Where are United Methodists?

By Walter Fenton –

According to the General Council on Finance and Administration (GCFA) United Methodist Church membership in Africa has continued to grow dramatically. At the close of 2008, GCFA reported 3.1 million members for the three central conferences in Africa. By the end of 2013, membership had surged to almost 5.3 million for an annual growth rate of 11.1 percent over the five-year period.

During that same period, UM Church membership in the United States went from 7.8 million to 7.3 million for an annual loss rate of 1.2 percent. If the respective annual rates of increase and decrease continue to hold through the end of 2016, then for the first time in the UM Church’s history more of its members will live in Africa than in the U.S.

However, the dramatic growth in Africa has not led to greater African representation on key general church leadership bodies. Currently, just three Africans sit at the UM Church’s Connectional Table (CT), the 59-member organization that essentially serves as the denomination’s administrative council.

Thirteen of the church’s bishops are included on the CT, but not one of them is from Africa. In fact, four of those bishops (three active and one retired) are from the relatively small Western Jurisdiction (WJ) of the U.S. which counts just 331,719 UM members. The central conferences in Africa have nearly 5 million more members than the WJ, but no episcopal leaders at the CT. Also, when the Council of Bishops recently elected its six-member executive leadership team for 2016-2018 it surprisingly included no African bishops.

Screen Shot 2015-06-29 at 12.59.45 PMEven if the annual rate of growth for Africa slows to half of its present rate in 2017, it will still continue to surge well beyond U.S. church membership. It would have 8.8 million members by the end of 2020, 10.9 million by the end of 2024, and a whopping 13.5 million when the church meets in Harare, Zimbabwe for the 2028 General Conference. By that time, Africa could easily have two to three times the membership in the U.S., and it will dwarf the size of the church in The Philippines and Europe.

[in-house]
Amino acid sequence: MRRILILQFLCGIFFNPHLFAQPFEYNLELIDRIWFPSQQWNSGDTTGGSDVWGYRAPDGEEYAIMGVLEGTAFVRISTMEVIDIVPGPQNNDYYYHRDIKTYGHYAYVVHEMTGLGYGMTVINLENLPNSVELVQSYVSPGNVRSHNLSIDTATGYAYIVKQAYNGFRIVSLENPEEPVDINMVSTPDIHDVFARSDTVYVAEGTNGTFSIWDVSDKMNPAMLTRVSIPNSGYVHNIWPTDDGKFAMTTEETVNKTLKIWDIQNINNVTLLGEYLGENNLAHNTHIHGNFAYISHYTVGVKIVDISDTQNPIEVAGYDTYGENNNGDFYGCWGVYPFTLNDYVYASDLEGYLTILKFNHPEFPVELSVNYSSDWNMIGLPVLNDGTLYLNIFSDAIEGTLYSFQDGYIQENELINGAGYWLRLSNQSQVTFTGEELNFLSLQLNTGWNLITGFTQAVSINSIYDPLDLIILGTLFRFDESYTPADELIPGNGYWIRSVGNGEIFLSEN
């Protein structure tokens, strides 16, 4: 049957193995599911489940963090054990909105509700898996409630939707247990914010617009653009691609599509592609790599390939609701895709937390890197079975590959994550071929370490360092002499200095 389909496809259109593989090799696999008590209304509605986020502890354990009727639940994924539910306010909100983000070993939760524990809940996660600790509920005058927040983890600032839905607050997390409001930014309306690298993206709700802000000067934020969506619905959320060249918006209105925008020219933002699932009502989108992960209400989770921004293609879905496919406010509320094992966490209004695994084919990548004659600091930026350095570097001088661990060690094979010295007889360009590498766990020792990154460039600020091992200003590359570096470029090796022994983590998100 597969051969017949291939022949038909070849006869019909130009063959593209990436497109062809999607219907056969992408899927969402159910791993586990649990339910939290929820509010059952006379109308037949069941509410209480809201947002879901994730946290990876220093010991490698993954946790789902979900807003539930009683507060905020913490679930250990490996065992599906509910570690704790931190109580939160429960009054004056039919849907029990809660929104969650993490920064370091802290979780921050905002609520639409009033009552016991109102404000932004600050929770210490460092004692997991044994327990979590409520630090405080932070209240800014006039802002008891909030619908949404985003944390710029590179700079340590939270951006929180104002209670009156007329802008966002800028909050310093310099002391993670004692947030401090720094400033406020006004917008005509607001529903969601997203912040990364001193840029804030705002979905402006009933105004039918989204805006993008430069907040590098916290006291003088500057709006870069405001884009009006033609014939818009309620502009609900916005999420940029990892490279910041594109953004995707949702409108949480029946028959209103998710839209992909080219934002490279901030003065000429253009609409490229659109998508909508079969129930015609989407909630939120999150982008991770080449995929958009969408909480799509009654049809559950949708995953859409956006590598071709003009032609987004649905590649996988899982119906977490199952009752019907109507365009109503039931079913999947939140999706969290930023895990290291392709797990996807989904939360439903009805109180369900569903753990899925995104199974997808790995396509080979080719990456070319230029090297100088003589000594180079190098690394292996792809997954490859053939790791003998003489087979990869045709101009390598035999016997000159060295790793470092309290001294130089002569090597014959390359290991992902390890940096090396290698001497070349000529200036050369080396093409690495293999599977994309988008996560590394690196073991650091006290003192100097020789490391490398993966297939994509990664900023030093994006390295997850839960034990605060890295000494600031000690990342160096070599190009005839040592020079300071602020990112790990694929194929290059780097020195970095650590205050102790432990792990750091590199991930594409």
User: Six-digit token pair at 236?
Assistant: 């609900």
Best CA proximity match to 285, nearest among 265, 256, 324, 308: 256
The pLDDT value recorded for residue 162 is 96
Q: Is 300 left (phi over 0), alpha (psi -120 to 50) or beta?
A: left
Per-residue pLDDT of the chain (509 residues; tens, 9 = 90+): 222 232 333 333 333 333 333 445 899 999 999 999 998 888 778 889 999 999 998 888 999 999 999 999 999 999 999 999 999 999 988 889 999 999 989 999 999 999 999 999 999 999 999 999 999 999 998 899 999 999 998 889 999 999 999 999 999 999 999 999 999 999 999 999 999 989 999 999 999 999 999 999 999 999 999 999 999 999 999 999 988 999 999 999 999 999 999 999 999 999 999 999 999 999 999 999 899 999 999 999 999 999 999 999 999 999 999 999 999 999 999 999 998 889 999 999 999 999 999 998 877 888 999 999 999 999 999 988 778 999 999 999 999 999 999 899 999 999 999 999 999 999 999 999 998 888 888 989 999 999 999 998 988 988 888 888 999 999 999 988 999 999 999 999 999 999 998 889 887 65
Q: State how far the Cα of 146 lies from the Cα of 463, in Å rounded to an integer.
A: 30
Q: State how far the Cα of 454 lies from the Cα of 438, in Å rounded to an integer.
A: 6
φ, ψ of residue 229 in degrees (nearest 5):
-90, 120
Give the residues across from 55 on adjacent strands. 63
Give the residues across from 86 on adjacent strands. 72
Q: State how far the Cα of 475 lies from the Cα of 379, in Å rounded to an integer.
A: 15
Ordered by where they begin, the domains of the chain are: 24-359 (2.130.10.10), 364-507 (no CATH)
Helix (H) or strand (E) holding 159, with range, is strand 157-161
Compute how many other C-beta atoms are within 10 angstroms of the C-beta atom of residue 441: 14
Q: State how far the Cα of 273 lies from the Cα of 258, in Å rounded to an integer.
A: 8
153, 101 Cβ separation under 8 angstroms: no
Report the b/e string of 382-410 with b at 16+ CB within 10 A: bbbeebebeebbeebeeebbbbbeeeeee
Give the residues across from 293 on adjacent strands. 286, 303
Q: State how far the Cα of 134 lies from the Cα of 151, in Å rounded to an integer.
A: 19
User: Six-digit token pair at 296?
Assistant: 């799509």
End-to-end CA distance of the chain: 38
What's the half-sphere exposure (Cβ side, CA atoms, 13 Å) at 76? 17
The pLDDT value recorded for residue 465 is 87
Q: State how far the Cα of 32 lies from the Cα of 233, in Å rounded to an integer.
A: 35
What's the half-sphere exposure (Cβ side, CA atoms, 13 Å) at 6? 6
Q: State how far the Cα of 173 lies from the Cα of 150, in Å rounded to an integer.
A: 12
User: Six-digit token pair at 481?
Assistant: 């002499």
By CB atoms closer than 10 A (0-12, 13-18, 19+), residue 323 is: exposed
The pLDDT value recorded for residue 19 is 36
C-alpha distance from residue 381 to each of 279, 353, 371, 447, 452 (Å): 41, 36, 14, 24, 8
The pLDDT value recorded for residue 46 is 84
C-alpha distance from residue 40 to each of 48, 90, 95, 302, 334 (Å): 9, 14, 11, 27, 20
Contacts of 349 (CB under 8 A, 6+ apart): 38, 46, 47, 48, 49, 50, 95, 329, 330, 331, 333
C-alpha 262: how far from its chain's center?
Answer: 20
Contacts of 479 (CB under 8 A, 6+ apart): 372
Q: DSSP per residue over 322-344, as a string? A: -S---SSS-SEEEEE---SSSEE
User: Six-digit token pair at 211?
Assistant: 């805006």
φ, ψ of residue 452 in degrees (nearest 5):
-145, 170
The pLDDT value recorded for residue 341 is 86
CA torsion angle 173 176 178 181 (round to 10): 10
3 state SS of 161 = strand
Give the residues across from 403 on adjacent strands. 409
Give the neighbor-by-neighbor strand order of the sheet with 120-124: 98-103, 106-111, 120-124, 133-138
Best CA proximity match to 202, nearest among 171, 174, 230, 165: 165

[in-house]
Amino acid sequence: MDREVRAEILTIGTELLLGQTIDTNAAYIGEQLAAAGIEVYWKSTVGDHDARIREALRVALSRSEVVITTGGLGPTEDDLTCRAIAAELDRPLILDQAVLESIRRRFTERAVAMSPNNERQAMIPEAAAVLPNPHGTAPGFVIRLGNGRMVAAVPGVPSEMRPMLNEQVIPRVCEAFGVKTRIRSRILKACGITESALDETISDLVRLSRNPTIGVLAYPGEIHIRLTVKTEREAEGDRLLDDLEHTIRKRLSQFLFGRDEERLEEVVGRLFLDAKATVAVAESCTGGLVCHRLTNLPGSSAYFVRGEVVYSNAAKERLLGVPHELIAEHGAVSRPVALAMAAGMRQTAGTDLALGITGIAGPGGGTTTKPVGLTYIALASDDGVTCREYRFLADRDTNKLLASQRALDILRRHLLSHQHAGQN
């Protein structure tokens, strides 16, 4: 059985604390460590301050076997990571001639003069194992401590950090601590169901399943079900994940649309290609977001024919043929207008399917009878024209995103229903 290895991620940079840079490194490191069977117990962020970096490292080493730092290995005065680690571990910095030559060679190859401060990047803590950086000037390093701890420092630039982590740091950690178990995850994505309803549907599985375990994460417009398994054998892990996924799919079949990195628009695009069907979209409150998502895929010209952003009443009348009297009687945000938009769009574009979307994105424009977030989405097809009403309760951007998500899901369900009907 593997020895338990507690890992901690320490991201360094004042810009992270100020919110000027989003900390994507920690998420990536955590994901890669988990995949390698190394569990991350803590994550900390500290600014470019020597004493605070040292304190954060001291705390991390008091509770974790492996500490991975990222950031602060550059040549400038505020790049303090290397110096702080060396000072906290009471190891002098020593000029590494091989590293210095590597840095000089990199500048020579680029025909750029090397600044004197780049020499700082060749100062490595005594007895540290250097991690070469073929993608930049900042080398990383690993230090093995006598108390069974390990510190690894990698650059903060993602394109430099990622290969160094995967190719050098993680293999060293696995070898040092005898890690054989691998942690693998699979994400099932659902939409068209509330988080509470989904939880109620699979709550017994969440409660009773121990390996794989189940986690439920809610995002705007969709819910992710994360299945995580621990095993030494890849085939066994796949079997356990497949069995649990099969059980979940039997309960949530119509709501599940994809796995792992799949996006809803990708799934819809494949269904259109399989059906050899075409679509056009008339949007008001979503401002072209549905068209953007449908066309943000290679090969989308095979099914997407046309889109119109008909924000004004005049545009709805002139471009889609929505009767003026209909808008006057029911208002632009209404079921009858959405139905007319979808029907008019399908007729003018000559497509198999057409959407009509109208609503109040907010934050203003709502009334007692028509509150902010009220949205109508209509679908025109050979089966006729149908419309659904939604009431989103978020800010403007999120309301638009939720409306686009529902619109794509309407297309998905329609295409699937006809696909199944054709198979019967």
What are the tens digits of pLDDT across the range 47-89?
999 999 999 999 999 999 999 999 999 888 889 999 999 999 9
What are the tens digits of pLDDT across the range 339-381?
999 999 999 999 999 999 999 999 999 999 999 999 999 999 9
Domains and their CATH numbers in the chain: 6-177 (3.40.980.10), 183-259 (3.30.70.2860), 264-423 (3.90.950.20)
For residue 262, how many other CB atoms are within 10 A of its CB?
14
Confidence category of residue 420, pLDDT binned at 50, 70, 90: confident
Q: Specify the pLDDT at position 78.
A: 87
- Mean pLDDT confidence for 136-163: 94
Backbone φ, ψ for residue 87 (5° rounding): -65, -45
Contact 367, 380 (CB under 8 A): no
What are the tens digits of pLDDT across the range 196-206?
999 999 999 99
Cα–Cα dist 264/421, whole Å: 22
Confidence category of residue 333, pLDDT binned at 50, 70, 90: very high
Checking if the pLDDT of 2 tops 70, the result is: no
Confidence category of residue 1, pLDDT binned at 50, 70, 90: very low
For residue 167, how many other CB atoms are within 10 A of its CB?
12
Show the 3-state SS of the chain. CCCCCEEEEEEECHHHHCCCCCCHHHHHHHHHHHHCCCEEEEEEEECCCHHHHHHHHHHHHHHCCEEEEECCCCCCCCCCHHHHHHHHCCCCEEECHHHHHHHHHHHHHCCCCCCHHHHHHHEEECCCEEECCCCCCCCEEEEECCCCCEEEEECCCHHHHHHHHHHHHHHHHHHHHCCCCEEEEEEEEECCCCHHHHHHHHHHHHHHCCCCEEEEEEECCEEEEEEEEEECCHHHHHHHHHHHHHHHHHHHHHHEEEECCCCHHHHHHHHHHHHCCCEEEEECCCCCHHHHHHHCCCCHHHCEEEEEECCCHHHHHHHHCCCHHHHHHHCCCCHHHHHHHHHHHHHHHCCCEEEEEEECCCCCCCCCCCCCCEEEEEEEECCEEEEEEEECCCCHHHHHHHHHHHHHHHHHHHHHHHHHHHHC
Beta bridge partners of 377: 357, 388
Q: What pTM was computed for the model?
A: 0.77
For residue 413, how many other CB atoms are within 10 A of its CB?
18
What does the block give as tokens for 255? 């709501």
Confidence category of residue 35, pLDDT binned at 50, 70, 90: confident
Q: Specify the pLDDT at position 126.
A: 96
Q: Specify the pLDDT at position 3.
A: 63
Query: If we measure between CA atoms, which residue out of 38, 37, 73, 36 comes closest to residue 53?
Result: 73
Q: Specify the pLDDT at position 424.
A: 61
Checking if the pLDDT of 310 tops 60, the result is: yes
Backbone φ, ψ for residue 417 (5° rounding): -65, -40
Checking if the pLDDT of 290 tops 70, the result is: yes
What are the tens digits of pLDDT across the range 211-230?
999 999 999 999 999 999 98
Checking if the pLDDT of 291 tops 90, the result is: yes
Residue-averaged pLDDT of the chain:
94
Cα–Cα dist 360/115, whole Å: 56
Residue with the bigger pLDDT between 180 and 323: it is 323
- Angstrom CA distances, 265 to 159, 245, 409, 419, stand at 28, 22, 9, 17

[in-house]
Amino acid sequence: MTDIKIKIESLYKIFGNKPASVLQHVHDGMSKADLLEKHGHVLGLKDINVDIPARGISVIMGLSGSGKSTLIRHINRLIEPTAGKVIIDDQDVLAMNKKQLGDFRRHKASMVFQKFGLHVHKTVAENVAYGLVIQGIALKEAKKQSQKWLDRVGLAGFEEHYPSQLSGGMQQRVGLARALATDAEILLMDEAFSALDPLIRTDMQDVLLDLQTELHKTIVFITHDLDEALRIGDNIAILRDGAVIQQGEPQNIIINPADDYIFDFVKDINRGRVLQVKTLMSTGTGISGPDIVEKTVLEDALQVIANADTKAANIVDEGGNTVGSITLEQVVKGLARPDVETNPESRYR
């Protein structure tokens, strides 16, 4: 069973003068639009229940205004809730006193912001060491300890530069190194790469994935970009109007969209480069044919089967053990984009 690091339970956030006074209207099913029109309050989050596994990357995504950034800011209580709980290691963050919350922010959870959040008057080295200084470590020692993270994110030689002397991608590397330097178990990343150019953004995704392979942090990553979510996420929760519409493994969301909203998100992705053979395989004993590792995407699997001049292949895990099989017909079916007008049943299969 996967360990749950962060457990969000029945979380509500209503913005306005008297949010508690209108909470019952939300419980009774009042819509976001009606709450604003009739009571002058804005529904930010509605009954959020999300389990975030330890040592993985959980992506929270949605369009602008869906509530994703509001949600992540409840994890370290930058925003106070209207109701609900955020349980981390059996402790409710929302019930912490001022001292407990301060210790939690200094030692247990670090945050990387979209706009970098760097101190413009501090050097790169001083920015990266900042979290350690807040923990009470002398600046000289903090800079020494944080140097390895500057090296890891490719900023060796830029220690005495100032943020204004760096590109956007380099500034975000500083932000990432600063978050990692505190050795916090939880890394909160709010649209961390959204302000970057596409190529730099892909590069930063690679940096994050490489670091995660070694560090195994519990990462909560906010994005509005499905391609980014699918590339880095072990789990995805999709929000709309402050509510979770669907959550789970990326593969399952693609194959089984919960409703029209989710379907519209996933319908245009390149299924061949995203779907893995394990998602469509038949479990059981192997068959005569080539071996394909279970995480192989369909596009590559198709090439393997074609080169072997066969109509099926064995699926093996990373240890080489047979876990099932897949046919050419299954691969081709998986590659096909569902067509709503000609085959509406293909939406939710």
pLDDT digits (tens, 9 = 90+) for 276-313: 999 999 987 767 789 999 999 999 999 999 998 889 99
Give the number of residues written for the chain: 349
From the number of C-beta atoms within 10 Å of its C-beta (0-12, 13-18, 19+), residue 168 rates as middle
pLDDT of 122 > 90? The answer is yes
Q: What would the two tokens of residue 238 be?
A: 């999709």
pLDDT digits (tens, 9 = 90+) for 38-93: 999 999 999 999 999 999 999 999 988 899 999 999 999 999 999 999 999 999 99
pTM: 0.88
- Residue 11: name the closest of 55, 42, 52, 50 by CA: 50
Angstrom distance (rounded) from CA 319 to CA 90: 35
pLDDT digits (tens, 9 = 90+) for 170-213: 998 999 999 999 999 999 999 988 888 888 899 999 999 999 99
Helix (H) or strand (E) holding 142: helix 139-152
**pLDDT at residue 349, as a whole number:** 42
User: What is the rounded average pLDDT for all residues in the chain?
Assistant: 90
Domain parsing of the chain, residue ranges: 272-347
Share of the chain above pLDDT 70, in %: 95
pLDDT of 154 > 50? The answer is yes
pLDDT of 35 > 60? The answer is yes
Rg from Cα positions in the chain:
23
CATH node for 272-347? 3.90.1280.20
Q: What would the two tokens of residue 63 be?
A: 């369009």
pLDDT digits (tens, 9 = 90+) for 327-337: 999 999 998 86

The implications of this shift in membership are staggering. In the short-term, it will continue to foster a degree of unfairness at General Conference. Because of the church’s formula and timing for apportioning delegates, there is a distinct possibility the African central conferences will still have a minority of the delegates at GC 2020. The formula is based not just on membership, but also on the number of ordained clergy in each region of the church. The U.S. has at least four times the number of ordained clergy as the central conferences in Africa. And the apportioned delegates for each region of the church will be determined based on the 2016 statistical reports, so even though it is very likely Africa will have as many as two million more members than the U.S. in 2020, it will have approximately an equal or fewer number of GC delegates.

Over the next 10 to 15 years it will become increasingly odd to have all of the United Methodist Church’s general boards and agencies located in the United States when the vast majority of UM members will live in Africa.

Walter Fenton is a United Methodist clergyperson and an analyst for Good News.

 

Comments

  1. Mark Flynn says

    How can anyone possibly defend this exclusion of Africans from the table? The United Methodist Church has a lot of exclusion in the name of inclusion and a lot of intolerance in the name of tolerance.

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